For some people, watching a villain wreck havoc is satisfying and fun to watch because they offer ‘a safe haven for our darker selves’.
Our love affair with the villain is stems out of a healthy relationship with mildly voyeuristic behaviour; the buffer of fiction and the screen allows us, the innocent viewer, to indulge in the antagonist’s wicked fantasy. As such, we can root for them, whether it’s the Joker or Loki.
In a study ‘Can Bad Be Good? The Attraction of a Darker Self’ By Rebecca Krause PhD., Krause alongside Derek Rucker built research on the back of 232,500 anonymous users’ responses to a personality quiz that compared them to fictional characters, such as the Darth Vader, Joker but also Shrek, Yoda and Donkey.
In further lab experiments, they tested whether people made any distinction between fictional and real life villains, as well as looking at how their feelings change if it’s suggested that they are too similar to a particular antagonist. Basically, no one would like to hear that they’re exactly like Patrick Bateman, would they?
“Our research suggests that stories and fictional worlds can offer a ‘safe haven’ for comparison to our darker selves. When people feel safe, they are more interested in comparisons to negative characters that are similar to themselves in other respects.” Krause said.
“For example, people who see themselves as tricky and chaotic may feel especially drawn to the character of The Joker in the Batman movies, while a person who shares Lord Voldemort’s intellect and ambition may feel more drawn to that character in the Harry Potter series.”
Maybe fiction paves a way to engage with the dark aspects of your personality without making you question whether you are a good person in general.
There’s no doubt that villains put a grisly smile on our face, just look at slasher movies. Friday the 13th’s Jason, Nightmare on Elm Street’s Freddy Kruger, Halloween’s Michael Myers; they all have something in common. People love to watch them murder people, no matter the victim’s value as a human being. We have no mercy, we have blood lust and that’s okay.
It isn’t the violence alone that’s the draw but it’s as much about the exhilaration of the chase as conditioning. If you enjoy slasher films, you’d feel unsatisfied if there weren’t any brutal kills.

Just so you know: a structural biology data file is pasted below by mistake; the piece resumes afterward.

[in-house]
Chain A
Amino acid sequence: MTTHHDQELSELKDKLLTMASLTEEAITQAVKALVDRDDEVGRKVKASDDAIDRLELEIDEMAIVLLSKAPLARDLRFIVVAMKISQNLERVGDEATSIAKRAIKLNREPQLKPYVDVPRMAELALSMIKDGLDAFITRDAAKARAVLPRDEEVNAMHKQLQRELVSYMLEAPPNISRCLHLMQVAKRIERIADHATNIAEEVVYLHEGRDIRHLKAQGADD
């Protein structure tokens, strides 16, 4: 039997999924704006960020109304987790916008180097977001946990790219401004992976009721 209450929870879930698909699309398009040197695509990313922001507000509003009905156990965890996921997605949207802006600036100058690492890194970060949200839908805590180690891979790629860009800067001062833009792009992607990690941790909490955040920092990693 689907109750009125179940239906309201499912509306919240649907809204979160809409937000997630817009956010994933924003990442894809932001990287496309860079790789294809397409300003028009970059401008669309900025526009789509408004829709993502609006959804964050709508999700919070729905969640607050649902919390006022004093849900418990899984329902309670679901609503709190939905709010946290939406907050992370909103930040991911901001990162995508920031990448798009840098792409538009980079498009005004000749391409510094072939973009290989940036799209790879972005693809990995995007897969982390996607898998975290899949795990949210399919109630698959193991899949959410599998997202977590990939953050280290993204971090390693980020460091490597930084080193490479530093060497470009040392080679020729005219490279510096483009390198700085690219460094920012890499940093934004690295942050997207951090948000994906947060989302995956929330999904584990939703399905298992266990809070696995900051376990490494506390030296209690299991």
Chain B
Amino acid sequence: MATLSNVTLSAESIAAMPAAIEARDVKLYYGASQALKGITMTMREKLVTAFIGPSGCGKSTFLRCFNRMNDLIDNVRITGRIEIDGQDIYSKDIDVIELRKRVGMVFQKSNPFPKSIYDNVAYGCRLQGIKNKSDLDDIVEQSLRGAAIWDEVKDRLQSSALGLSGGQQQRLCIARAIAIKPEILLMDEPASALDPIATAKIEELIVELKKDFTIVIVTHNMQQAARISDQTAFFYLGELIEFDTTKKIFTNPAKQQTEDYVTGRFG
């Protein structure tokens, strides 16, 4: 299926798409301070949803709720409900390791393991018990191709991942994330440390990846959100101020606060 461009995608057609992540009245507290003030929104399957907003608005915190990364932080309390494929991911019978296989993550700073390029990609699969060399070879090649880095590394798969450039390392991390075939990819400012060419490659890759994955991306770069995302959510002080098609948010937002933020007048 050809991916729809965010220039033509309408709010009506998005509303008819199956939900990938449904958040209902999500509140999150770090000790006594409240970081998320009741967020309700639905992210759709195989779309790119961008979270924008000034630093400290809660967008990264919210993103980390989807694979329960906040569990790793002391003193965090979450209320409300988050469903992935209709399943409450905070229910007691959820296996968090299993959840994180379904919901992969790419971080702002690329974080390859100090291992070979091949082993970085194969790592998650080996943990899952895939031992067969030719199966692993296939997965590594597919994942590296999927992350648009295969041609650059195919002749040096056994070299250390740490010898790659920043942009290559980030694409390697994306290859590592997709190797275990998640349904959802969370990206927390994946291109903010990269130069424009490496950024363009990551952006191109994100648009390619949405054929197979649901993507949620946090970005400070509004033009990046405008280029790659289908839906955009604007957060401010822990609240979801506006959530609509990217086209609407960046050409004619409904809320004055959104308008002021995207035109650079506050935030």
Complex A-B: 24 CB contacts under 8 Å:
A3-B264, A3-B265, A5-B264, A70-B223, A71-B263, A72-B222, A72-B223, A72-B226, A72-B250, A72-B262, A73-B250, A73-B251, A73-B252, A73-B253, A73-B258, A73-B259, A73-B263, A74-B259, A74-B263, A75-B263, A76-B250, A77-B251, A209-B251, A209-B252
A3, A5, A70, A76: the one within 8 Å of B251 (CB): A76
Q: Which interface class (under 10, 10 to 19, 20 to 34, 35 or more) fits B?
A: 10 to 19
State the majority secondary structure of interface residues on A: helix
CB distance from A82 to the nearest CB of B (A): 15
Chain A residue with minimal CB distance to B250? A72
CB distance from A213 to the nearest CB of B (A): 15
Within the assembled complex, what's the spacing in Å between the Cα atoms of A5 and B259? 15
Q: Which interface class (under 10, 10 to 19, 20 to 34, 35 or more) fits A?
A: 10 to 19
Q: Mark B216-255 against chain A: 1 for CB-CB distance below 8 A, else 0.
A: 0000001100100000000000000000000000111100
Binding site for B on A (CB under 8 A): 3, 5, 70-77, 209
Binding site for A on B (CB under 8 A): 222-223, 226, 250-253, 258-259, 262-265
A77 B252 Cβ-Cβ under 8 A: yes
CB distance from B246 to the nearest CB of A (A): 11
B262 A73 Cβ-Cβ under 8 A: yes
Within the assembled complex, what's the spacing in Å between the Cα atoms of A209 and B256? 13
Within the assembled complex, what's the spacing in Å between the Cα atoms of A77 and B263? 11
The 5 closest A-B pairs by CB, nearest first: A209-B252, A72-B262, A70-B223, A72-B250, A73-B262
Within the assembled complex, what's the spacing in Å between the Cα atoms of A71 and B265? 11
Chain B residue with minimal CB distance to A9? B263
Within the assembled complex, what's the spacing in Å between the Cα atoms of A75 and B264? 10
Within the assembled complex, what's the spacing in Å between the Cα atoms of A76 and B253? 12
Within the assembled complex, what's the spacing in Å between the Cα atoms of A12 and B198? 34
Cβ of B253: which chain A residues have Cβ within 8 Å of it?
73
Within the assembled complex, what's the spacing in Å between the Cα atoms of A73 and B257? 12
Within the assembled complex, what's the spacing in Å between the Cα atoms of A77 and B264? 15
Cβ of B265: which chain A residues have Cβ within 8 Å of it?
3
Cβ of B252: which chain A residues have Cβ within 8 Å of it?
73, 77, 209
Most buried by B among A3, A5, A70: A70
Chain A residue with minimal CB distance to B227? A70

Whatever way the villain manifests itself, it has to appeal to our primal state of being, whether it be the harmless appeal of creative, fun violence à la slashers and Quentin Tarantino, or the suppressed corners of the psyche with characters like the Joker.
Another great example is Breaking Bad’s Walter White, his corrupt trajectory as meth chef is told through his position as the viewer’s protagonist.
While his actions veer from criminal to completely heinous, Bryan Cranston’s deeply considered performance throughout the series keeps the viewers gravitating around his moral compass.The show is designed in such a way as to inspire contempt, but you also egg him on under the surface.
For that reason, his wife in the series Skylar, received the fans’ hatred on Reddit and Twitter for continually hampering him.Who cares if he’s a criminal?
In Avengers: Infinity War, the Russo Brothers’ portrayal of Thanos’ genocidal plan was intentionally sneaky in a way that it nearly made sense.
Without context, wiping half of all life off the planet is an atrocity, but when presented with the Great Titan’s over-arching ‘for the good of mankind’ narrative (resources are finite, after all), you feel yourself almost being sucked in by his agenda.
To be clear, this is not an endorsement of Thanos or any villain’s actions, it is simply an illustration of how the normal viewers are drawn into their orbit. Not only do villains inspire complex feelings and allow us to indulge in the darkness, but they are a sharp escape from the sort of humanity most people embody.